• Good teaching supports good levels of achievement by students. Students leave Year 11 with GCSE results that are significantly better than the national averages, and they make good progress over Key Stages 3 and 4.
  • The sixth form is good. The progress made by sixth form students has been less strong over recent years, but never less than satisfactory. It is now good, and improving, because of strong and effective leadership in that area, and good quality provision.
  • Most of the teaching is good and some is outstanding. The school gives very high priority to constantly improving the quality of teaching and does so successfully. It is aware of the ways in which the teaching needs to improve to secure outstanding progress for all students.
  • Students’ behaviour is exemplary. They show very high regard for the values of the school and individuals show great pride in being part of such a close-knit and successful community. Outstanding behaviour supports their learning strongly.
  • The provision for social, moral, cultural and spiritual development in the curriculum is very well developed and it has an extremely positive impact on students’ experiences.
  • Parents and carers show high levels of confidence in the work of the school. The school values their contributions to its work but there remains untapped potential for closer collaborative work that could lead to even higher quality outcomes for students.


  1. ^ "St. Anne's Catholic School Website". 
  2. ^ "DfE School and College Performance Tables 2011". Retrieved 20 March 2012. 
  3. ^ a b c "Oh boy, the times are changing at St Anne's".  
  4. ^ Donnison, David, ed. (1970), Report on Independent Day Schools and Direct Grant Grammar Schools, Public Schools Commission, Second Report 1, London:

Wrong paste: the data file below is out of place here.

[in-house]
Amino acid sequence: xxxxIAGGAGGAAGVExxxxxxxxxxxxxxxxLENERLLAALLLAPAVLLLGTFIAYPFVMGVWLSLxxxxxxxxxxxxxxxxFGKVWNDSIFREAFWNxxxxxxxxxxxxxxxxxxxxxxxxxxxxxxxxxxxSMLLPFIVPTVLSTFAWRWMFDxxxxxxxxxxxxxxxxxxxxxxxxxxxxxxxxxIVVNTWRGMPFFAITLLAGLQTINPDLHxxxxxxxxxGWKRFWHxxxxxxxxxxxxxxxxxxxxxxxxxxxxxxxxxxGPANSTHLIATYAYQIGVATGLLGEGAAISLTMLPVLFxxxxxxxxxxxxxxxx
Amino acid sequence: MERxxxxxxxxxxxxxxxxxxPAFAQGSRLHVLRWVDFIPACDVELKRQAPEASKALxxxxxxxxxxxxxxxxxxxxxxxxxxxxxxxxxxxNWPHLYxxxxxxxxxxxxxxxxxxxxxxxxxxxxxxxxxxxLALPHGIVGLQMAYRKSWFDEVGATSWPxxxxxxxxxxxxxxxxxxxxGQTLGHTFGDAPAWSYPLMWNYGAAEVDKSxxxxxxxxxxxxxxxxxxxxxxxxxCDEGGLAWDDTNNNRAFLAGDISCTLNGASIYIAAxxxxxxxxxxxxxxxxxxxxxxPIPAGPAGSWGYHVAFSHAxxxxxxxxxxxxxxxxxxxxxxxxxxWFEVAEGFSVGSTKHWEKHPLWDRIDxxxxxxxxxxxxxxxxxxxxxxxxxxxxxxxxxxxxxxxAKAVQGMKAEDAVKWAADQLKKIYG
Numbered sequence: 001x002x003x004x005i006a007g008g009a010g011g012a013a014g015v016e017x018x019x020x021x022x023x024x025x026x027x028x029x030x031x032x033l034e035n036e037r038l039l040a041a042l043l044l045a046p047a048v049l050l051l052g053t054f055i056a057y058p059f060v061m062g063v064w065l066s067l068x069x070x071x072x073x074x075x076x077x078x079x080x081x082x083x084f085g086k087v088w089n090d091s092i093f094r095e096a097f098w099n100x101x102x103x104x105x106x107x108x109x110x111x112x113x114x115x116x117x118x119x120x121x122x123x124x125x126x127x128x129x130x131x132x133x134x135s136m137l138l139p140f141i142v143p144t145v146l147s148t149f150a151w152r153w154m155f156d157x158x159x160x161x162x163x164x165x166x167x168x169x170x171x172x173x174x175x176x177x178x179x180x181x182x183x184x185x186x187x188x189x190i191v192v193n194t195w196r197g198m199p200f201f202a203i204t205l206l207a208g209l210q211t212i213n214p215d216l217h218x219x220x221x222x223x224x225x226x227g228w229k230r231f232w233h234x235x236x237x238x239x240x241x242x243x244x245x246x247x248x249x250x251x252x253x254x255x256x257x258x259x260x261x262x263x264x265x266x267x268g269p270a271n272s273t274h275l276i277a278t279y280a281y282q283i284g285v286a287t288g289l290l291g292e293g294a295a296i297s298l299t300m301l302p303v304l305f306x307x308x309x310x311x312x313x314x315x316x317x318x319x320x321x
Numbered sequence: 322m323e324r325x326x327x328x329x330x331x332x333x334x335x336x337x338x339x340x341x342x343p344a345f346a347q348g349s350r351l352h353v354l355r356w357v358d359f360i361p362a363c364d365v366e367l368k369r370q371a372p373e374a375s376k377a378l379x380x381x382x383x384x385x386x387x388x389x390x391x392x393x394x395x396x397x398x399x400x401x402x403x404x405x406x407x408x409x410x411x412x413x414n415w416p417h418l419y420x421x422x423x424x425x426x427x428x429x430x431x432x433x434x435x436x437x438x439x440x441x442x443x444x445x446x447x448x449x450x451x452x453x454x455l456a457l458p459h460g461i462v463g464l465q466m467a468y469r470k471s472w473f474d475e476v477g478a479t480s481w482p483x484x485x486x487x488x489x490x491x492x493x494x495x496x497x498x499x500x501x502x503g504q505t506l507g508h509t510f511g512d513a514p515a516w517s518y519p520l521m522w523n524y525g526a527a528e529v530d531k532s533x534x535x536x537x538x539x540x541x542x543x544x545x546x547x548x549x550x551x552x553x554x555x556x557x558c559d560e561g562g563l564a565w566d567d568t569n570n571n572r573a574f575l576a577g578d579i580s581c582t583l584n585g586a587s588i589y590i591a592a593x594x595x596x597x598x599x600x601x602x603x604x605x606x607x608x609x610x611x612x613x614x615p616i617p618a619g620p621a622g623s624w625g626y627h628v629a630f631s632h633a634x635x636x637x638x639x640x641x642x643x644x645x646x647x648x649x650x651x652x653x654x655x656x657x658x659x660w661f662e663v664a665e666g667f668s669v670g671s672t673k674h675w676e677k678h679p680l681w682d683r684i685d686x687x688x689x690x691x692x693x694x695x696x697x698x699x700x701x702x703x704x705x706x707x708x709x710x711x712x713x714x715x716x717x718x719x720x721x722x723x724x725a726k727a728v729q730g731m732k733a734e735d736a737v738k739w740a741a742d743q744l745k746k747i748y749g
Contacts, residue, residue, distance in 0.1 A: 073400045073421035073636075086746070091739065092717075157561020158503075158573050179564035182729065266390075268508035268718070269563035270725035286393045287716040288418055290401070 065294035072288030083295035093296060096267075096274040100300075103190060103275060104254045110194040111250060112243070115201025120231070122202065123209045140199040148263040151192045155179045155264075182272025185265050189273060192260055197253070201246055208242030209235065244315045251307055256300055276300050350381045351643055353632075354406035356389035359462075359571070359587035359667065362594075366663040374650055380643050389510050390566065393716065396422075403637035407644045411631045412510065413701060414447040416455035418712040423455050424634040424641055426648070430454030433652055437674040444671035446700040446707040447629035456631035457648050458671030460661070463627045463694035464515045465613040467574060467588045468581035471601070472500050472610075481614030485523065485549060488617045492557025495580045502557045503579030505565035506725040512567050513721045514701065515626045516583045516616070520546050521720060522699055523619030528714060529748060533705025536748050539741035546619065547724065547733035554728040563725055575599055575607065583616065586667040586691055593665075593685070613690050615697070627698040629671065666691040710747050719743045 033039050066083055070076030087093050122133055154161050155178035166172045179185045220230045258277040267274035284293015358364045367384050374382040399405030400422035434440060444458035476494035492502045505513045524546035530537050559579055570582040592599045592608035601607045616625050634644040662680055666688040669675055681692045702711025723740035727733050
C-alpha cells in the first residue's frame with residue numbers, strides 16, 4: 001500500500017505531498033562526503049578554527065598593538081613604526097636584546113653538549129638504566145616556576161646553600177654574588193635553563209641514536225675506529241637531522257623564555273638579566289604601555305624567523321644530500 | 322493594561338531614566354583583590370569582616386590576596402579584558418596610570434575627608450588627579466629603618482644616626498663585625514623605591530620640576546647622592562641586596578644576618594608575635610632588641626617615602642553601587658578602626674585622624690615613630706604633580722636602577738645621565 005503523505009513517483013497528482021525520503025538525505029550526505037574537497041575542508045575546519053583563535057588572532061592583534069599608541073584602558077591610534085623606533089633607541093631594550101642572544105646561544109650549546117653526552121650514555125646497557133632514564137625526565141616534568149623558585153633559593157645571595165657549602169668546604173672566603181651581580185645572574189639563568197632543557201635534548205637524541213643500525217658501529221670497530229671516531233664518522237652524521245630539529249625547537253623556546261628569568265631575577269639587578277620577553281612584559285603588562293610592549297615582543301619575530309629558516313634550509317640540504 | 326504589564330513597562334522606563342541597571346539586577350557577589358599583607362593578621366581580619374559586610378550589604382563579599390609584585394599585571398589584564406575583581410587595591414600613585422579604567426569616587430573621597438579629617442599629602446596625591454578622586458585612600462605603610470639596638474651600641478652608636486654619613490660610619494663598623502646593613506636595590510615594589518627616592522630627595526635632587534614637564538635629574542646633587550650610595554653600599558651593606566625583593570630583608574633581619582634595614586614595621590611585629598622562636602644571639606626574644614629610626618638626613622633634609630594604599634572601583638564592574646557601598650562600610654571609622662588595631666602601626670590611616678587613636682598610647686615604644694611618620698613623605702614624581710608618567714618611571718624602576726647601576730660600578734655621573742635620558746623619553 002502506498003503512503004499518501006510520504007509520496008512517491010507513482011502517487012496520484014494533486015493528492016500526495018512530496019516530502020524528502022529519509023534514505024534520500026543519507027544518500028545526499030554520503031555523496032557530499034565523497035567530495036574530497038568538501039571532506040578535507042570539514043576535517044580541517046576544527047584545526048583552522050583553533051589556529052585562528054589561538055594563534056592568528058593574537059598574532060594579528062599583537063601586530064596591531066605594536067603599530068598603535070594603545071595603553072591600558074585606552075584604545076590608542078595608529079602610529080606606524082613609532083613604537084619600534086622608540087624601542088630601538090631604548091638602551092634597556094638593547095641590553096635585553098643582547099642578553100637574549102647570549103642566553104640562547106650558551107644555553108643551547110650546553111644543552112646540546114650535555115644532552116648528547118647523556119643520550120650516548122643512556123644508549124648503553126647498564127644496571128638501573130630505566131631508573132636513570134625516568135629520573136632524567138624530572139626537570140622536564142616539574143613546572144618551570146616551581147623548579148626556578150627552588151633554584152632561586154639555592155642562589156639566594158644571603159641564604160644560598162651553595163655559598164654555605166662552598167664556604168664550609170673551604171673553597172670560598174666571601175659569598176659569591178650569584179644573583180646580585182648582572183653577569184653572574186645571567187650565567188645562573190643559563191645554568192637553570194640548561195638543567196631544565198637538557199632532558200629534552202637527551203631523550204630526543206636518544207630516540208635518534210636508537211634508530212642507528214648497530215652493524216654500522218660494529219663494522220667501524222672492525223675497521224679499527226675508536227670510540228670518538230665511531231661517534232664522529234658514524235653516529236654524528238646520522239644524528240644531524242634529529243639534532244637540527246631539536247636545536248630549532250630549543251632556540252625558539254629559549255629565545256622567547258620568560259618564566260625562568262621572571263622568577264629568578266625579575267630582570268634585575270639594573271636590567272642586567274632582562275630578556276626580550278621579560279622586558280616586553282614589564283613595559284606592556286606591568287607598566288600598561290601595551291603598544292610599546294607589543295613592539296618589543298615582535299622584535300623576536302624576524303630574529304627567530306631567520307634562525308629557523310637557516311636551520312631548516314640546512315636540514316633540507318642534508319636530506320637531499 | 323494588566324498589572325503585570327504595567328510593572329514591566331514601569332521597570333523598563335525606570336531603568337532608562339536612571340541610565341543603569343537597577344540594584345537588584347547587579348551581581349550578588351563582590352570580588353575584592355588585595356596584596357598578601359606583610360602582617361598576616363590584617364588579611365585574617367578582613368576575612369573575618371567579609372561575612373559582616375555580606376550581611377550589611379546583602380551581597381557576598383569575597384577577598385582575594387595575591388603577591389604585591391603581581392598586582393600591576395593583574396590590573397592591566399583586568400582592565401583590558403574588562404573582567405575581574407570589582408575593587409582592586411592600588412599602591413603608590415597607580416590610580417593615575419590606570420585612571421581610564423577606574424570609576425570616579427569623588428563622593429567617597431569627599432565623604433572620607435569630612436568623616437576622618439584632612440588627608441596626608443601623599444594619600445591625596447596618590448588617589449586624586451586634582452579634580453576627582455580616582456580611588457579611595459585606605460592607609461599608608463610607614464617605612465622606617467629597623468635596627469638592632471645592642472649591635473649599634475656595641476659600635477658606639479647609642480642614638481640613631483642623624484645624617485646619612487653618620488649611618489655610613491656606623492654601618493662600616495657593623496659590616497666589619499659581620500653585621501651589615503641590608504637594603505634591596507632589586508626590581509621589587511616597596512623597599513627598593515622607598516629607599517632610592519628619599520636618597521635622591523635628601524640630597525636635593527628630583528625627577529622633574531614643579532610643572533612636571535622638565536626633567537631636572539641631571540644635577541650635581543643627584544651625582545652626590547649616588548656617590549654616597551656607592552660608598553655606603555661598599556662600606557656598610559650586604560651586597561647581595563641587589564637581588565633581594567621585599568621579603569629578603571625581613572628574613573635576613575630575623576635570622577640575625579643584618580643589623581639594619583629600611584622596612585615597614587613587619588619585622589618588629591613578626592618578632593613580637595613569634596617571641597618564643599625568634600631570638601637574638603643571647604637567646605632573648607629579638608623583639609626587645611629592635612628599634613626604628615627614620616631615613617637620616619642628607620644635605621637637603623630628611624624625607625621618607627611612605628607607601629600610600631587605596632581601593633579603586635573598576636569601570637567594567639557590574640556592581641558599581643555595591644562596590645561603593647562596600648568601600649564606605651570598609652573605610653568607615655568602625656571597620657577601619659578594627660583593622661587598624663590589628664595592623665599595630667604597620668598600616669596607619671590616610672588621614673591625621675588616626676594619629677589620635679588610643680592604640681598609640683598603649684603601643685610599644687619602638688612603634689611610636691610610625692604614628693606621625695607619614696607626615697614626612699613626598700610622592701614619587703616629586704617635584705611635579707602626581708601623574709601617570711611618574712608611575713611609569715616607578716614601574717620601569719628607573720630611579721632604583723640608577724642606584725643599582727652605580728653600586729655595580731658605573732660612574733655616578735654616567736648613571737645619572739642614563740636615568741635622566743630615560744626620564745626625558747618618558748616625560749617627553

5. ^ "St Anne's to take boys for the first time in 100 years".  
  6. ^ Leonard, A. G. K. "Carlton Crescent: Southampton’s most spectacular Regency development" (PDF). Southampton Local History Forum Journal. Southampton City Council. pp. 43–44. Retrieved 23 March 2012. 
  7. ^ Coles, R. J. (1981). Southampton's Historic Buildings. City of Southampton Society. p. 19. 
  8. ^ "School Inspection Report" (PDF). Ofsted. Retrieved 20 March 2012. 
  9. ^ "Value Added (Best 8) Score for St. Anne's Catholic School". School and College Performance Tables. DfE. Retrieved 20 March 2012. 
  10. ^ "School and College Performance Tables". Retrieved 20 March 2012. 
  11. ^ Ofsted School Inspection Report
  12. ^ "Praise for St. Anne's Catholic School in Ofsted Report". Daily Echo. Retrieved 21 March 2012. 
This article was sourced from Creative Commons Attribution-ShareAlike License; additional terms may apply. World Heritage Encyclopedia content is assembled from numerous content providers, Open Access Publishing, and in compliance with The Fair Access to Science and Technology Research Act (FASTR), Wikimedia Foundation, Inc., Public Library of Science, The Encyclopedia of Life, Open Book Publishers (OBP), PubMed, U.S. National Library of Medicine, National Center for Biotechnology Information, U.S. National Library of Medicine, National Institutes of Health (NIH), U.S. Department of Health & Human Services, and, which sources content from all federal, state, local, tribal, and territorial government publication portals (.gov, .mil, .edu). Funding for and content contributors is made possible from the U.S. Congress, E-Government Act of 2002.
Crowd sourced content that is contributed to World Heritage Encyclopedia is peer reviewed and edited by our editorial staff to ensure quality scholarly research articles.
By using this site, you agree to the Terms of Use and Privacy Policy. World Heritage Encyclopedia™ is a registered trademark of the World Public Library Association, a non-profit organization.

Copyright © World Library Foundation. All rights reserved. eBooks from Project Gutenberg are sponsored by the World Library Foundation,
a 501c(4) Member's Support Non-Profit Organization, and is NOT affiliated with any governmental agency or department.